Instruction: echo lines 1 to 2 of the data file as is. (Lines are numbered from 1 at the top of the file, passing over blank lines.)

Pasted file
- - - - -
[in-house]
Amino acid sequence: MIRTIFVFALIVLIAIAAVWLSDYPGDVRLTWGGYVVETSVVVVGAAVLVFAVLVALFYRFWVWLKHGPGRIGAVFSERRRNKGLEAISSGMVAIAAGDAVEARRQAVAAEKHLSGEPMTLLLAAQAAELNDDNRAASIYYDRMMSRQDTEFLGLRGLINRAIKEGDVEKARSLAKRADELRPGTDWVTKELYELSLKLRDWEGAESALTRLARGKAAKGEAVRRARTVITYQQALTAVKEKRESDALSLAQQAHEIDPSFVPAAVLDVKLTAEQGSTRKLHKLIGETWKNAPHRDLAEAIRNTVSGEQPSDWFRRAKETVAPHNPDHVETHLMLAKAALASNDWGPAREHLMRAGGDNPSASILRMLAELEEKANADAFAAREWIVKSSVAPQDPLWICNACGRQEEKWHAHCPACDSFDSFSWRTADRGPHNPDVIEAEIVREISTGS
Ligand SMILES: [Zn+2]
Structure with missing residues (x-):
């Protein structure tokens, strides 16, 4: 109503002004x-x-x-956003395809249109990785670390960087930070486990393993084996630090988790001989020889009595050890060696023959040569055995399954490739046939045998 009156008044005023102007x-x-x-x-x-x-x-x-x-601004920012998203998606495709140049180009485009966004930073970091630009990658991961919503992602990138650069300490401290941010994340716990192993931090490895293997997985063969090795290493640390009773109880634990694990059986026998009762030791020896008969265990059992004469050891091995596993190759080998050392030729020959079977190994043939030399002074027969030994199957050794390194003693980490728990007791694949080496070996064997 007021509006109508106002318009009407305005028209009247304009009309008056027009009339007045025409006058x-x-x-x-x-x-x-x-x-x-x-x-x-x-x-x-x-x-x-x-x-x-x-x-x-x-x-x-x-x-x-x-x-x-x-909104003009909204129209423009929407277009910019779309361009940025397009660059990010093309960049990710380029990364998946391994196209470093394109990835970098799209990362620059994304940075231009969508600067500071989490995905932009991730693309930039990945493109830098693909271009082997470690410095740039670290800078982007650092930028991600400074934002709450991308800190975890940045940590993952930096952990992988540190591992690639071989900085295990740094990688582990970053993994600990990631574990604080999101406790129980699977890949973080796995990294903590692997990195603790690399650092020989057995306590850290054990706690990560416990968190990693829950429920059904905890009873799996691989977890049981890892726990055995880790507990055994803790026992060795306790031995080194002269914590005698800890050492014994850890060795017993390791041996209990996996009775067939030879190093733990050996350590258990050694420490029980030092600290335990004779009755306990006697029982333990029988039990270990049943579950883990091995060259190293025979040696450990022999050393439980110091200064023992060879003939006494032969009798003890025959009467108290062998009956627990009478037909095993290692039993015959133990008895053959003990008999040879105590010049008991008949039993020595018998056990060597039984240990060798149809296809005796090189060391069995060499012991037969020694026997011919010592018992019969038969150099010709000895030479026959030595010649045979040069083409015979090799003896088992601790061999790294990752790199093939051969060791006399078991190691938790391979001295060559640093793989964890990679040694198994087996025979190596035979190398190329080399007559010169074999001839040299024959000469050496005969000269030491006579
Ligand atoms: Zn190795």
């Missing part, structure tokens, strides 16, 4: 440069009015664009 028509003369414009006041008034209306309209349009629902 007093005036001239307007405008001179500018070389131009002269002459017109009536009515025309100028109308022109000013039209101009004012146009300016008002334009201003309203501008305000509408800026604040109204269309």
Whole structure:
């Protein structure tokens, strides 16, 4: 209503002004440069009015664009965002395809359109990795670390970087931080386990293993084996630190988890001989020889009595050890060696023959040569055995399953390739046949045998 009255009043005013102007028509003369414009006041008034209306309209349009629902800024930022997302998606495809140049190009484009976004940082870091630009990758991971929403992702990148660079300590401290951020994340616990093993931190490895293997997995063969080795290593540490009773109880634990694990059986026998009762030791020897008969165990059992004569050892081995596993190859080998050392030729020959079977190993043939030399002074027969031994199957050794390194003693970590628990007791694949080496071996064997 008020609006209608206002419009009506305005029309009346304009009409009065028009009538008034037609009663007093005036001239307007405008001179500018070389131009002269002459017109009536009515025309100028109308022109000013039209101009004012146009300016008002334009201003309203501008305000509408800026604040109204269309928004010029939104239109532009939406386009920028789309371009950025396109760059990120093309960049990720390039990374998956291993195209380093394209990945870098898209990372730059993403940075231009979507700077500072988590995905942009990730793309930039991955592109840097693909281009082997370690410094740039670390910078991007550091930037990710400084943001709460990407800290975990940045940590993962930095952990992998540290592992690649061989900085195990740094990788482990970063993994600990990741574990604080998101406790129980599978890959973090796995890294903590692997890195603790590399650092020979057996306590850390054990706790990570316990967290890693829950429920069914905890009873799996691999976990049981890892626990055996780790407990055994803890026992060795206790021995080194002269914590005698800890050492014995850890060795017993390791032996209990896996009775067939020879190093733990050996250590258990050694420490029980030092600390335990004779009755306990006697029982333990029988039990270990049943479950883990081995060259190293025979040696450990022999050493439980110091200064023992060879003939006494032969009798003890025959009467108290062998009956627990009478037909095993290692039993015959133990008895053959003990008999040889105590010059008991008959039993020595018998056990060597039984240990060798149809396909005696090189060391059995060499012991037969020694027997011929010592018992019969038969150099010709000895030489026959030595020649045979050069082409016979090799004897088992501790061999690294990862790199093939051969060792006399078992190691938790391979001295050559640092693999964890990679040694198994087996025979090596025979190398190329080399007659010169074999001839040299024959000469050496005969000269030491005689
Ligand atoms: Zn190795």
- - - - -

[in-house]
Amino acid sequence: MIRTIFVFALIVLIAIAAVWLSDYPGDVRLTWGGYVVETSVVVVGAAVLVFAVLVALFYRFWVWLKHGPGRIGAVFSERRRNKGLEAISSGMVAIAAGDAVEARRQAVAAEKHLSGEPMTLLLAAQAAELNDDNRAASIYYDRMMSRQDTEFLGLRGLINRAIKEGDVEKARSLAKRADELRPGTDWVTKELYELSLKLRDWEGAESALTRLARGKAAKGEAVRRARTVITYQQALTAVKEKRESDALSLAQQAHEIDPSFVPAAVLDVKLTAEQGSTRKLHKLIGETWKNAPHRDLAEAIRNTVSGEQPSDWFRRAKETVAPHNPDHVETHLMLAKAALASNDWGPAREHLMRAGGDNPSASILRMLAELEEKANADAFAAREWIVKSSVAPQDPLWICNACGRQEEKWHAHCPACDSFDSFSWRTADRGPHNPDVIEAEIVREISTGS